December 25, 2009: Christmas at My House
December 9-19, 2009: A Trip to Fort Lauderdale
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Page Index
December 20
Natchitoches, Louisiana

    Getting to Soldini House
    Outside Soldini House
    Inside Soldini House
    Around Natchitoches
    An Update
    The Trip Home

December 20, 2009
A Visit with Justin and Gary
in Natchitoches, Louisiana


 

Some weeks ago, when we knew that we would be going by Natchitoches on a weekend day, we asked our friends Justin and Gary if we could stop in and see them. While they live in Dallas, they spend their weekends in Natchitoches where they are restoring Justin's grandmother's home and also running a store that sells all sorts of decorative objects themed around just about any holiday you can think of.

They've been doing this for some years now, but this was the first time that our plans dovetailed with theirs.

The visit to Justin and Gary was an event in and of itself, even though it occurred as part of our Florida trip, and so this is why I am giving it its own page in this album. You can follow us into Natchitoches and have a look at their house, their neighborhood, the town and their store on the this album page. It might help, though, if you watch "Steel Magnolias" again first; it was filmed in Natchitoches and some of the pictures we took were of locations used in the filming of that movie- including the house that Justin and Gary occupy!

 

Getting to Soldini House


I called Justin and Gary when we got up Sunday morning in our Lafayette motel room, and they gave me very good directions right to their house. I knew the first part of the trip- we just had to drive up Interstate 49 to the Natchitoches exit, which is Highway 6 heading east.

Before we head into Natchitoches, we should probably clear something up. Natchitoches, Louisiana, is often confused with Nacogdoches, Texas. The confusion is understandable, since the names look very similar and the towns are not that far apart:

Both towns were originally Spanish settlements, although Natchitoches eventually came under the dominion of France and became part of the United States by way of the Louisiana Purchase. Nacogdoches was originally part of Mexico, then became part of the Republic of Texas and finally became part of the United States when Texas was admitted to the Union. It seems that the greatest confusion, though, is in how the two towns' names are pronounced. Texans are always mispronouncing the name of the Louisiana town; I can't say what Louisianians call the Texas town. But, to set the record straight, the Texas town is pronounced "Nak-a-do'-chess" (emphasis on the third syllable). The Louisiana town is a bit harder (and not at all what you'd think); in fact, there is a video on YouTube devoted entirely to how to pronounce the town's name. The pronounciation is "Nak'-ah-dish" (emphasis on the first syllable).


Once you are off the Interstate, it is a few miles east on Louisiana Highway 6 and you are in the town of Natchitoches.


Justin and Gary live in a house on the corner of Rue Demeziere and Rue Jefferson, the latter being the street that runs along the west side of the Upper Cane River. We were able to find their street and their house with little problem. This would probably be a good time to explain about about the river, which runs through all of Natchitoches.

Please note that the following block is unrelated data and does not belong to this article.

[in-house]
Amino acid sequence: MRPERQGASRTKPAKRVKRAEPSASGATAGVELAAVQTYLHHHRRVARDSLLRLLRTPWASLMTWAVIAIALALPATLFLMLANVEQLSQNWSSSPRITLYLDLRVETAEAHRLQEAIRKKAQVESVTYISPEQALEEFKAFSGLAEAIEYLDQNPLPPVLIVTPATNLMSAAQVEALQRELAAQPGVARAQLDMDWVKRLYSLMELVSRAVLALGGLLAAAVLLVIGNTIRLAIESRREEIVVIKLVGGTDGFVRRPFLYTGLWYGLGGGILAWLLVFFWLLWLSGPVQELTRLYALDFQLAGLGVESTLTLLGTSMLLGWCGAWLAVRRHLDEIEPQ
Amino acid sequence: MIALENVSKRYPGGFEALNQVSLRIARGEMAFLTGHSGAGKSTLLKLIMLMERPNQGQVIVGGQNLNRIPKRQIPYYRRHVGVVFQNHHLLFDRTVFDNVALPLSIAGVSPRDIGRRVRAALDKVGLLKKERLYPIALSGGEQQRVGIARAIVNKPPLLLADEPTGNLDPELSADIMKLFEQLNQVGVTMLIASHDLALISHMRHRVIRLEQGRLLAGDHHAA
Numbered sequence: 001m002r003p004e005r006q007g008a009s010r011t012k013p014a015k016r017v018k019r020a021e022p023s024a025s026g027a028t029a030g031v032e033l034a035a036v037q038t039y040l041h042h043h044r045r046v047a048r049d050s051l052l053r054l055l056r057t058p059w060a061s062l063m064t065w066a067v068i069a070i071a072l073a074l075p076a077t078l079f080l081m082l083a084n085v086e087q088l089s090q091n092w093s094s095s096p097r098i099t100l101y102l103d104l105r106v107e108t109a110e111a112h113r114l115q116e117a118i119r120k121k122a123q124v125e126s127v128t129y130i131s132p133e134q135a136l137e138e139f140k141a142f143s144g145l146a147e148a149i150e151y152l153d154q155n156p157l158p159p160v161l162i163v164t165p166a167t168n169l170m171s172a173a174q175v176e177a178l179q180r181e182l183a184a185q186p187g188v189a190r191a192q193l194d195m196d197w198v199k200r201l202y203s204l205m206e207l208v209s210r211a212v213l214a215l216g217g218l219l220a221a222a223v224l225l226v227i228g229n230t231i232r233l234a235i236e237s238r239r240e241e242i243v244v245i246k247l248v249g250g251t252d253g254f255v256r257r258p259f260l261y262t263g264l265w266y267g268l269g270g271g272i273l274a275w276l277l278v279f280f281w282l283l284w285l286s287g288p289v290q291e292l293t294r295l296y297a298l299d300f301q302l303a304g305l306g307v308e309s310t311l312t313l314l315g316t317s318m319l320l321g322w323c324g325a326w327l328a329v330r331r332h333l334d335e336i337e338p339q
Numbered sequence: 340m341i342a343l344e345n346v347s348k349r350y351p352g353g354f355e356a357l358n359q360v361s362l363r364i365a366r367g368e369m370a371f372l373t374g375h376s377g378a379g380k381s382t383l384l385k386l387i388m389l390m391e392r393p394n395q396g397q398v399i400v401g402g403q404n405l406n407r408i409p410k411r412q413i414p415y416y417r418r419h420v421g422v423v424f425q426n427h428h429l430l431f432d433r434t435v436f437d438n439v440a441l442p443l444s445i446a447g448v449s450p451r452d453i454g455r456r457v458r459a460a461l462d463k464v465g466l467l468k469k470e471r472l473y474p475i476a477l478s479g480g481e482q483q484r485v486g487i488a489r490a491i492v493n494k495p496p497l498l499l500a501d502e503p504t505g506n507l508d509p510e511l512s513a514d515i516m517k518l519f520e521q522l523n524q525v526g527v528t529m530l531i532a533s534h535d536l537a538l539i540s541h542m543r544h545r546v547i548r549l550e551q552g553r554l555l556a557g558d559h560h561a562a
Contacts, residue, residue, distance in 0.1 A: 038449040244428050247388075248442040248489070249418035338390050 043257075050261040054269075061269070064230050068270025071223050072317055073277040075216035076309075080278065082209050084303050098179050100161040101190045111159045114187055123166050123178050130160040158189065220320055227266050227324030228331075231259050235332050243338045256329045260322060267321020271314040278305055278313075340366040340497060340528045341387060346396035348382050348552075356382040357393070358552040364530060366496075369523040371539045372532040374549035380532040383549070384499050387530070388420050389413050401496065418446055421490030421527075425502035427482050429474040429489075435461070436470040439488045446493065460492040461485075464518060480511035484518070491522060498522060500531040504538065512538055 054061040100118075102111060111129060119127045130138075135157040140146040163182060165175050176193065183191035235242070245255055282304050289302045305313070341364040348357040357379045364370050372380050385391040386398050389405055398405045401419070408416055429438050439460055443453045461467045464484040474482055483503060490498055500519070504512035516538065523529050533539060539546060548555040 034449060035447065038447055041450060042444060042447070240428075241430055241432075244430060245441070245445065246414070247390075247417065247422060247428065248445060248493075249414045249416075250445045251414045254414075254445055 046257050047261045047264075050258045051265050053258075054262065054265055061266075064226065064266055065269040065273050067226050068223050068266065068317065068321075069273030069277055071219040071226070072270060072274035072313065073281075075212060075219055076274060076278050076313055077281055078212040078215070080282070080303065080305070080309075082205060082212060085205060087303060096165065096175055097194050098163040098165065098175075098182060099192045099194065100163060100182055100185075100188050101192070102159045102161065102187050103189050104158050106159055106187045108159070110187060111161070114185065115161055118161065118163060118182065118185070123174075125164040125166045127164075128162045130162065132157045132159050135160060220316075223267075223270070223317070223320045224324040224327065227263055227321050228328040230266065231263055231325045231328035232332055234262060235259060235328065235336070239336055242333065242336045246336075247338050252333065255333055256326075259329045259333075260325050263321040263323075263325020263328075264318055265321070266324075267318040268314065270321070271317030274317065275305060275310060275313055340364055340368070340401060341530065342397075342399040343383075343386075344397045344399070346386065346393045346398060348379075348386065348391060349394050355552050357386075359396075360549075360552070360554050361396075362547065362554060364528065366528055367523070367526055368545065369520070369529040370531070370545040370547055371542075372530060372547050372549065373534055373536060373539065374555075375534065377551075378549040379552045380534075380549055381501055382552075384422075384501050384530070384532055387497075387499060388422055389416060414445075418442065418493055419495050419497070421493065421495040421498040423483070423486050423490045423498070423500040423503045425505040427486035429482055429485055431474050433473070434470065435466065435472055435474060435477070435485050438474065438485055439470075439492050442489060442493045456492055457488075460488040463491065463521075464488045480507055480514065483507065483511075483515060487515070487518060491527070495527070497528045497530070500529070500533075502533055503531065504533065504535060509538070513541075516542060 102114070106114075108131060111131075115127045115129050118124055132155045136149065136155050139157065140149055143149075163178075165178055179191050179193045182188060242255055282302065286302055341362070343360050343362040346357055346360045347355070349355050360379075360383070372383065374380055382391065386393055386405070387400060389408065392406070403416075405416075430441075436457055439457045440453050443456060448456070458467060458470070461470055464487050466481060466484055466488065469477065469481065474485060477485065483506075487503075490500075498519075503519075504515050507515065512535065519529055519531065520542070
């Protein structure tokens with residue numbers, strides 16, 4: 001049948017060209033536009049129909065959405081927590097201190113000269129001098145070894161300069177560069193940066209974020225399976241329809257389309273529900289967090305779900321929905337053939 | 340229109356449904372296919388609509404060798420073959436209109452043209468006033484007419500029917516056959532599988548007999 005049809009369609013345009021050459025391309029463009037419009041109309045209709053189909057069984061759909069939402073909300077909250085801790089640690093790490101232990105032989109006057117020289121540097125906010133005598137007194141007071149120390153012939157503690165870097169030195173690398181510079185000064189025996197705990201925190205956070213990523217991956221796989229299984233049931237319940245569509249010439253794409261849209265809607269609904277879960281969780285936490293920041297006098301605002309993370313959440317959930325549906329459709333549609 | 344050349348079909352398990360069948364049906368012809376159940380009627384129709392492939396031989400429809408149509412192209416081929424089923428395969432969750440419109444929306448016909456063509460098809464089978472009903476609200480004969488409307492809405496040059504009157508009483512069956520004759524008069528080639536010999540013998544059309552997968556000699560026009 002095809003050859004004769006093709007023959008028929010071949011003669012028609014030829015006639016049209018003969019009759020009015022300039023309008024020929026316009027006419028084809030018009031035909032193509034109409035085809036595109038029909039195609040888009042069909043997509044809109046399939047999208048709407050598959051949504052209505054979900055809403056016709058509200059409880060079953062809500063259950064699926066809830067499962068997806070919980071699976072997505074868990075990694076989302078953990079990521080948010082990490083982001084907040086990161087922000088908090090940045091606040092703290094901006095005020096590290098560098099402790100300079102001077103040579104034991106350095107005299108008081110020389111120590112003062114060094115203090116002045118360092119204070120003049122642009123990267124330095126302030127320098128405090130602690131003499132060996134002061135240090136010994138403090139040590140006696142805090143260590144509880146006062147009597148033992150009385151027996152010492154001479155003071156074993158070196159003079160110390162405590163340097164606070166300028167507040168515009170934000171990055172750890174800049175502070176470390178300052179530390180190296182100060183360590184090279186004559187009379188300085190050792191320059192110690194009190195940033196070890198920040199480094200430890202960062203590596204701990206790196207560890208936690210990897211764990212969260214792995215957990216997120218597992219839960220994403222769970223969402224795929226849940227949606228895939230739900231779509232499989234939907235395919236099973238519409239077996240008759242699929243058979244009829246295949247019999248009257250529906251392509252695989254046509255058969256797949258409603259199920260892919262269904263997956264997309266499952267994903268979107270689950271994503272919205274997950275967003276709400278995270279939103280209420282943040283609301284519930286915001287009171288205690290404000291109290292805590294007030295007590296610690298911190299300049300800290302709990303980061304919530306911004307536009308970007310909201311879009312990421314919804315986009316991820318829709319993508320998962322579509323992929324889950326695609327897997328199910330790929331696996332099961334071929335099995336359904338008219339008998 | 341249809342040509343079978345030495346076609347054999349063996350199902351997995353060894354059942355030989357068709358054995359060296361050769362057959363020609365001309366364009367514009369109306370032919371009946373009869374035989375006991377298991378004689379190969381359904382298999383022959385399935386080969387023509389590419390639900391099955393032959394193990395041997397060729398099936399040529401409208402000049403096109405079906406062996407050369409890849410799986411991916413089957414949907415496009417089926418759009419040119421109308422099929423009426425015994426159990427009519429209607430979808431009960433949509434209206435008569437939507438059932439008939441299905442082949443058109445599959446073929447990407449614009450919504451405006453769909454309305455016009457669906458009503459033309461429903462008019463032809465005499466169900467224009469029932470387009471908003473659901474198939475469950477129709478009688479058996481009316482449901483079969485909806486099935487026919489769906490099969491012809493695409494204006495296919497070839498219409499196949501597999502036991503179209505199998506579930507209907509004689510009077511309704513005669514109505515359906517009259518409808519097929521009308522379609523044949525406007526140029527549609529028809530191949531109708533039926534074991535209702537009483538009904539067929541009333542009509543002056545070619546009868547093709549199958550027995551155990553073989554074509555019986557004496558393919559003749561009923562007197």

Natchitoches used to be a port on the Red River, which begins in West Texas, runs east along the Texas Oklahoma border (just a few miles north of Fred's house) and then turns south through Arkansas and into Louisiana. It eventually empties into both the Mississippi and the Atchafalaya, both of which empty into the Gulf of Mexico at different points. The Atchafalaya basin is the typical Bayou area that's well-known in song and story. With the removal of the Great Red River Raft, the river completely bypassed Natchitoches.

The Raft was a series of log jams created by many decades of erosion. While navigation was blocked for over a hundred miles north, the raft consisted of many pockets of debris strung along the river with open water left in stretches along the way. These pockets accumulated on an average of four-fifths of a mile each year on the upper end, with the lower end washing itself downstream at about the same rate.

The Red River Raft was the second largest jam in North America, the first having been on the Ohio River. Captain Henry Miller Shreve had designed "snag-boats" to dismantle the jam on the Ohio and it was he who received the contract to clear the Red. Beginning in the mid 1830s, Shreve's progress was very slow until the invention of dynamite gave him the power to clean the river completely. By 1840 the new current, formed by large stretches of open water created by Shreve, sought an easier avenue through Rigelot de Bon Dieu and completely by-passed Natchitoches.

The oldest port west of the Mississippi was now land locked, except during high water times of the year. In the spring of 1915, an appeal was made to the Natchitoches Parish Police Jury to construct two dirt dykes or dams across Cane River for beautification purposes. One dam was to be located at or near the upper mouth of Cane River in Ward One, and the other dam was to be located in Ward Nine above and near the mouth of Old River.

The ordinance was opposed by property owners along the Red River as far south as Colfax and did not pass. But, in a special call meeting of the Police Jury, October 28, 1915, an ordinance was passed authorizing a bond issue of $20,000 for the purpose of building two earth "bridges" over Cane River. These were built and, although there were some attempts to take them back down again, these events failed, leaving the beautiful constant level lake the residents of Natchitoches enjoy today.